2014 Macau Millions: Fan leads Day 1E, Yung survives again

Day 1E was obscenely massive.

Yesterday, tournament staff was hoping we'd get more than 300 entries.

We got 454.

Today was, by far, the largest starting flight in Macau Millions history. During the first hour of play, a massive line extended more than 100 ft and went far past the tournament area. But the fast-paced style of this tournament reduced that field to just 32 players in under eight hours.

Leading the 32 Day 1E survivors is Terry Fan, with 346,500. Fan won a Red Dragon event last April and then final tabled another earlier this year. Both Red Dragons were the largest-ever at the time.


Terry Fan

Now the 2014 Macau Millions is on track to be the largest tournament ever held in Asia. Fan's shown he can handle a big field, we'll see if he can handle the biggest. Despite finishing atop the largest Day 1, Fan is second overall, just behind Tai Tan, who finished 1B with 364,500.

While Tan and Fan headline the Day 2 chipcounts, Percy Yung was Day 2's shortest stack.

Not anymore.

Yung, who is also tied in points for Asia Player of the Year, became the third person to qualify for Day 2 twice. Yung bubbled Day 1A and then almost bubbled again on Day 1D but squeaked by with just 24,500. Yung found herself short again today with just 36 players left, but she scored a much-needed double up.


Percy Yung

Faced with a raise to 16,000, Ronny Mak moved all-in from middle position and Yung called all-in for 45,000 from the small blind. The initial raiser folded and Mak showed K♥K♠ to Yung's A♥Q♦.

Yung asked for an ace and then cheered when the flop came A♦6♦5♣. The turn and river brought no surprise king and Yung doubled up. Yung won a few more pots and finished the day with 136,000, a significant improvement.

While Yung joined the list of double qualifiers, Bryan Huang joined the list of Team PokerStars Pros who made it to Day 2.

Huang was near the lead with about 45 players left, but then lost a 150,000 pot after he called an all-in with pocket queens. His opponent held A♠J♠ and hit a flush on the river. Huang then rebounded a bit.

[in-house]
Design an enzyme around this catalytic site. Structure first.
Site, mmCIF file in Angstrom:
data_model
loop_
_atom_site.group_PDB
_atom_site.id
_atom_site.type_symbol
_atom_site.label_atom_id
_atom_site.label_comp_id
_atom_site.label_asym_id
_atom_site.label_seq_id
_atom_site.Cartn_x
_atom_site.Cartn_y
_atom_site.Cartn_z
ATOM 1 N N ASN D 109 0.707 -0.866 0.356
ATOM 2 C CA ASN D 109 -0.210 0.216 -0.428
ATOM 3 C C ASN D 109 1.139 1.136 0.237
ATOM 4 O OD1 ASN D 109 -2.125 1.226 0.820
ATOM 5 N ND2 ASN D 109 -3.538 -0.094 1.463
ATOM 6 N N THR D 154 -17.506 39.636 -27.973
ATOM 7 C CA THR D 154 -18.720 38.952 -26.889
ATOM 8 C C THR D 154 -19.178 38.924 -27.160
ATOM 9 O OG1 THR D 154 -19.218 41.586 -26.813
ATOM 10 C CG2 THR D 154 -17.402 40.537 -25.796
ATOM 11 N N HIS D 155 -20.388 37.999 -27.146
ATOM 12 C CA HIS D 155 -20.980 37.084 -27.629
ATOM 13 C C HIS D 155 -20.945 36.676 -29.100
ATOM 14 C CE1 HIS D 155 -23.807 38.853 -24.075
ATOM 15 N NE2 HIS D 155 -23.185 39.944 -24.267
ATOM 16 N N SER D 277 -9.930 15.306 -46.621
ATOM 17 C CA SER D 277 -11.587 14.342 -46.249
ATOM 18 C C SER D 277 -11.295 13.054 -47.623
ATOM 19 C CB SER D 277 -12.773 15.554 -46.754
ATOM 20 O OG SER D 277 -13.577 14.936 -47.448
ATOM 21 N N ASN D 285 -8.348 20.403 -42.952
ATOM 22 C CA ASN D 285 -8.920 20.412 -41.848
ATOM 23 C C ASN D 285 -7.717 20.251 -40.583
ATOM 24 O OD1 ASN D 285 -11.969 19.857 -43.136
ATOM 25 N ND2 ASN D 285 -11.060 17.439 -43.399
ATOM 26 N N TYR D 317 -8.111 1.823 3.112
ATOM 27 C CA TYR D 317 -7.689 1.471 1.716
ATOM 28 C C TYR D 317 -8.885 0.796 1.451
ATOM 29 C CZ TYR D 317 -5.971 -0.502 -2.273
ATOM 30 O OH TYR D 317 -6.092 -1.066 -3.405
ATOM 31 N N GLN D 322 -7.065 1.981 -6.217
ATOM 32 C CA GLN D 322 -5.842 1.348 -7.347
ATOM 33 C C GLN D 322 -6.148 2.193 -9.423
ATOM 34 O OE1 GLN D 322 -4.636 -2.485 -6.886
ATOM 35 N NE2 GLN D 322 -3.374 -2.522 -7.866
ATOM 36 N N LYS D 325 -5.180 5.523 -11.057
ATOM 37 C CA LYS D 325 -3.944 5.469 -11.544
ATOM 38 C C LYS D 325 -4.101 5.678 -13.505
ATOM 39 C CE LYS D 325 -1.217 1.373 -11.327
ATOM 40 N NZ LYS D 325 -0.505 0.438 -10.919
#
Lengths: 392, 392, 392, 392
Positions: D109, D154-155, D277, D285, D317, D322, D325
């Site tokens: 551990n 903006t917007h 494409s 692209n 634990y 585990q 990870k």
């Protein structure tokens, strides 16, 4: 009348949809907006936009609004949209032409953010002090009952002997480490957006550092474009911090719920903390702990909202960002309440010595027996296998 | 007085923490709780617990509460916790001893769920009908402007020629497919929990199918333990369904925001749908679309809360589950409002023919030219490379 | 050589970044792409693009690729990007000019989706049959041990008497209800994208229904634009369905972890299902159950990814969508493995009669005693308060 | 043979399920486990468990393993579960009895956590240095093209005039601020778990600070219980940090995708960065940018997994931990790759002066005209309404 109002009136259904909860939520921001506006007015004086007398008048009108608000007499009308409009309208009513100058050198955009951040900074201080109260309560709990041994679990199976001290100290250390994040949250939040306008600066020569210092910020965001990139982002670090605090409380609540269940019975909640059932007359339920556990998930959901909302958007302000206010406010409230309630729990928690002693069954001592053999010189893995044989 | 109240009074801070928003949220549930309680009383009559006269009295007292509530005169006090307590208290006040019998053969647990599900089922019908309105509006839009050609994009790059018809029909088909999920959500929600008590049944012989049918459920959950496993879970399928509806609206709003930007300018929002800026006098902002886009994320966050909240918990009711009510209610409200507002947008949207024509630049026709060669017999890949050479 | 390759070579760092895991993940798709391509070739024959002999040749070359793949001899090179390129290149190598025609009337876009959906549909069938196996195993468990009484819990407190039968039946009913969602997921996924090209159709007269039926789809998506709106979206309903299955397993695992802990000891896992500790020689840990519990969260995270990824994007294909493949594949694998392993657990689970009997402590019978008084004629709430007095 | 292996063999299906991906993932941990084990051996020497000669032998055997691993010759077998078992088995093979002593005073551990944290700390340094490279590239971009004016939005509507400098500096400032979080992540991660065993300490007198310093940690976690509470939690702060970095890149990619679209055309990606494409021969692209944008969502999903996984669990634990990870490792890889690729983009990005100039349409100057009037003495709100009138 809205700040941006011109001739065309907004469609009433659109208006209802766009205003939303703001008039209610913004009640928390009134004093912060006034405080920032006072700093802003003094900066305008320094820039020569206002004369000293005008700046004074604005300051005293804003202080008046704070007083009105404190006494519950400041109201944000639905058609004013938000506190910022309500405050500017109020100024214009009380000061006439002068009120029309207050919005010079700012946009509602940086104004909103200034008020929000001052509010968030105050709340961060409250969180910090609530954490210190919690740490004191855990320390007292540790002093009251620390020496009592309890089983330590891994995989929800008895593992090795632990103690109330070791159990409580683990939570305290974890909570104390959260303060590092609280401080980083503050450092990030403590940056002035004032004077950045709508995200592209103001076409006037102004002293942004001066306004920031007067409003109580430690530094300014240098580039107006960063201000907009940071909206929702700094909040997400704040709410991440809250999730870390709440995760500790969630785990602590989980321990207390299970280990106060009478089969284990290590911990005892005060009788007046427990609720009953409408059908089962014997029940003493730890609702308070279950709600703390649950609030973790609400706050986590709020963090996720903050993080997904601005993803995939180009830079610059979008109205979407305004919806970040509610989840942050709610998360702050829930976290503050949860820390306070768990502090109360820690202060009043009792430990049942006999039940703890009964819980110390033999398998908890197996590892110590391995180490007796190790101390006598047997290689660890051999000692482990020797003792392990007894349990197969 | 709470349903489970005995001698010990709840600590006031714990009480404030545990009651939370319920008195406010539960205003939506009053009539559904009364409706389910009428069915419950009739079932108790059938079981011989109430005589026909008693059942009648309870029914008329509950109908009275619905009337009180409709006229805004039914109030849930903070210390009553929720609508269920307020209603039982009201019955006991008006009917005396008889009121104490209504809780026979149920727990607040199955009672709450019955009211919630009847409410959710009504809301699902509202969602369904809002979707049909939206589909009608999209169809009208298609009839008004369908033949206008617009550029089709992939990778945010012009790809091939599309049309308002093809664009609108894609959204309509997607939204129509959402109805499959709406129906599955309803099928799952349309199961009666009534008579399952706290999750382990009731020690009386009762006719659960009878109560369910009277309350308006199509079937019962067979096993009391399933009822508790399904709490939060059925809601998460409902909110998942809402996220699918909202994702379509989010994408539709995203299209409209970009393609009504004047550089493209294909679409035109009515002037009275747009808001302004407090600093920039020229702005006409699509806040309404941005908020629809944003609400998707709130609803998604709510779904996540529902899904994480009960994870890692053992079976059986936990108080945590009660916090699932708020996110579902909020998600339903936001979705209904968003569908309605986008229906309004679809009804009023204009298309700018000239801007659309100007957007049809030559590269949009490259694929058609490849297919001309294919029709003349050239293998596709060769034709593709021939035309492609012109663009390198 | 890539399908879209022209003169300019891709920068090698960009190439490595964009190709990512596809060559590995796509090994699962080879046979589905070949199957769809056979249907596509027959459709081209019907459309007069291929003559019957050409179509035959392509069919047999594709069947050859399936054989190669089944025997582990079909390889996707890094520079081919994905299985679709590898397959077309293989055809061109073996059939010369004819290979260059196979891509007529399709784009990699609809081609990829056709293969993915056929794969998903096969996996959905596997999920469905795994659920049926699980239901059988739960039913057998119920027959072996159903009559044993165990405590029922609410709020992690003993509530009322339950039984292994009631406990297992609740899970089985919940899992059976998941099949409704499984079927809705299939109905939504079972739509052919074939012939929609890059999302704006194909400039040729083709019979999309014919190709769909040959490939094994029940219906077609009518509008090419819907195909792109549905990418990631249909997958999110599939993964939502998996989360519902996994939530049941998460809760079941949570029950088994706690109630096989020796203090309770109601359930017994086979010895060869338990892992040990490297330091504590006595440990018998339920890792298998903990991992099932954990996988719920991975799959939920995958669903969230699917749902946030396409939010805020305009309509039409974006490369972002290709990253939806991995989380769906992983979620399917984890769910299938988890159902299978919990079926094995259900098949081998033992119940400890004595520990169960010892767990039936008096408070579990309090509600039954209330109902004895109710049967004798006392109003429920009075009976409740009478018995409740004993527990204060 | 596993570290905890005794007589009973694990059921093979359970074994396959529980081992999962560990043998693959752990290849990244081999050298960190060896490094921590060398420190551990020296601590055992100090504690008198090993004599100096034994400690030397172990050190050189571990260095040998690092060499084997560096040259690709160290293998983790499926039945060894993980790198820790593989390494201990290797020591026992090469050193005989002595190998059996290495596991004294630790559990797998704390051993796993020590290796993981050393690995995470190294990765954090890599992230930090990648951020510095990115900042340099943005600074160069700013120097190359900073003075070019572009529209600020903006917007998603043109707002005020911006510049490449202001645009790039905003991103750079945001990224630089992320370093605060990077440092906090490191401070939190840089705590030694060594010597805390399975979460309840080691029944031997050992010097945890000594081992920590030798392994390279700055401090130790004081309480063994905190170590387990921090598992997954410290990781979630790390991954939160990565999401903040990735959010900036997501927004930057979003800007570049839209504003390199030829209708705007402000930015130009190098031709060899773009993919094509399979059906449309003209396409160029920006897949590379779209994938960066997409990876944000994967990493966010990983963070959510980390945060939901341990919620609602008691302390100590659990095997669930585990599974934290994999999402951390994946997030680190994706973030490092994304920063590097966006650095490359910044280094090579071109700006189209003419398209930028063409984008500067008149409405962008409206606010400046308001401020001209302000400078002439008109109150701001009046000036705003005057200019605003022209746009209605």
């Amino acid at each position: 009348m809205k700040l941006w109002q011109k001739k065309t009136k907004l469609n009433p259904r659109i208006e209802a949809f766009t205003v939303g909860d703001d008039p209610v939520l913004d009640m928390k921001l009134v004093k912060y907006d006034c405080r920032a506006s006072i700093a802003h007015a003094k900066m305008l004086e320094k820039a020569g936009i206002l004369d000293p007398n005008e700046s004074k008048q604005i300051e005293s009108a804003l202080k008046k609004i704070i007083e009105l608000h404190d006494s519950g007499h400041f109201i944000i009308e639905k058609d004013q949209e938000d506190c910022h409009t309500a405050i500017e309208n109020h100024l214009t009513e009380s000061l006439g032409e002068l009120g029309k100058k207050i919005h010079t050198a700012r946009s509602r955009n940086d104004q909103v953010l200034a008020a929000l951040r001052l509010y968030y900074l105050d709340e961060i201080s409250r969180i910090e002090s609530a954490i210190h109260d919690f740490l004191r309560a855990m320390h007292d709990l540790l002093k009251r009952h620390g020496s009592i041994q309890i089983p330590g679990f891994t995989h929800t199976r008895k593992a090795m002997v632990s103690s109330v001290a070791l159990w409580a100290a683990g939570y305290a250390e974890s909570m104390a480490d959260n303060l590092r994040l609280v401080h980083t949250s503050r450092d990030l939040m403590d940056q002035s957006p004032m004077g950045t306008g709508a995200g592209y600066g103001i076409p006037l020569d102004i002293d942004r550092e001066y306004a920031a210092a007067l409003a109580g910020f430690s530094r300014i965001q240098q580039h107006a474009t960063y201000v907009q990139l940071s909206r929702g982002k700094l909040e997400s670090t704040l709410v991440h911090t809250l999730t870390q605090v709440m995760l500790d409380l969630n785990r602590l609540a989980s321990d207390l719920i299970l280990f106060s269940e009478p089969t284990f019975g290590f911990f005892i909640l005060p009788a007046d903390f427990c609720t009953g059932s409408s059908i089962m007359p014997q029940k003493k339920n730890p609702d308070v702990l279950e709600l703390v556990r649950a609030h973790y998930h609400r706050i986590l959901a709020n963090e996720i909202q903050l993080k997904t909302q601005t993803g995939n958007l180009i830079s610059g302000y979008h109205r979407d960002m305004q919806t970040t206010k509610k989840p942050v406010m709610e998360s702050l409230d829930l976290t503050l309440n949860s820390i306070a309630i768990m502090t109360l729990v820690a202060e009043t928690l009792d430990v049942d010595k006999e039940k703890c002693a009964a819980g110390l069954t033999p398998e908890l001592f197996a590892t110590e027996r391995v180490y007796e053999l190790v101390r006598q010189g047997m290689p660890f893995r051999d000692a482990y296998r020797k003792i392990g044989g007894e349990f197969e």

Team PokerStars Pro Bryan Huang

A player moved all-in for 57,000 from the cutoff and Huang called from the big blind. The cutoff turned over Q♥J♦ and Huang had him dominated with A♦J♠. The board ran 5♦[10s]K♦K♥5♠ and Huang got some chips back.

Then he lost some more during another all-in. After the roller coaster stopped, Huang finished the day with 94,000. Here's how he stacks up against the other survivors:

1. Terry Fan (Chinese Taipei) - 346,500

2. Hsieng CHing Feng (Chinese Taipei) - 271,500

3. Xiaoyun Zhou (China) - 261,000

4. Guo Liang Wei (China) - 260,500

5. Kenneth Yuen Kiong Leong (Hong Kong) - 239,000

6. Per Emil Mattsson (Sweden) - 185,500

7. Jie Mai (China) - 185,000

8. Ronny Tsz Shu Mak (Hong Kong) - 176,500

9. Dilijiang A (China) - 176,000

10. Jing Gao (China) - 150,500

11. Percy Pui Suen Yung (Hong Kong) - 136,000

12. Bo Ren Chuang (Chinese Taipei) - 129,000

13. Li-ta Hsu (Chinese Taipei) - 127,000

14. Adam Chi Tat Tsui (Hong Kong) 124,000

15. Johannes Tobbe (UK) - 116,000

16. Yi Chung Cheng (Canada) - 108,000

17. Heng Wu (China) - 106,500

18. Hongbing Li (China) - 105,500

19. Yue Cao (China) - 101,000

20. Huaqing Luo (China) - 100,500

21. Xiaojie Liu (China) - 98,000

22. Bryan Huang (Singapore) - 94,000

23. Lung To (Hong Kong) - 93,500

24. Sun Ka Ho (Hong Kong) - 92,500

25. Eben Blignaut Lottering (South Africa) - 87,500

26. Yuting Li (China) - 83,000

27. Jiahua Liu (China) - 82,500

28. Shu Xu (China) - 71,500

29. Maria Bernadette Lina (Philippines) - 68,000

30. Youhong Liu (China) - 58,000

31. Geng Liu (China) - 31,000

32. Yang Shen (China) - 20,500

These 32 players join the 53 survivors from the previous four days. Since Percy Yung had already qualified, the total number of Day 2 players now stands at 84.

That number's only going to grow one more time.

Join us tomorrow at 7 p.m. for the sixth and final Day 1 of the 2014 Macau Millions. It's meant to be the biggest so stay tuned.

Alexander Villegas is a freelance contributor to the PokerStars Blog.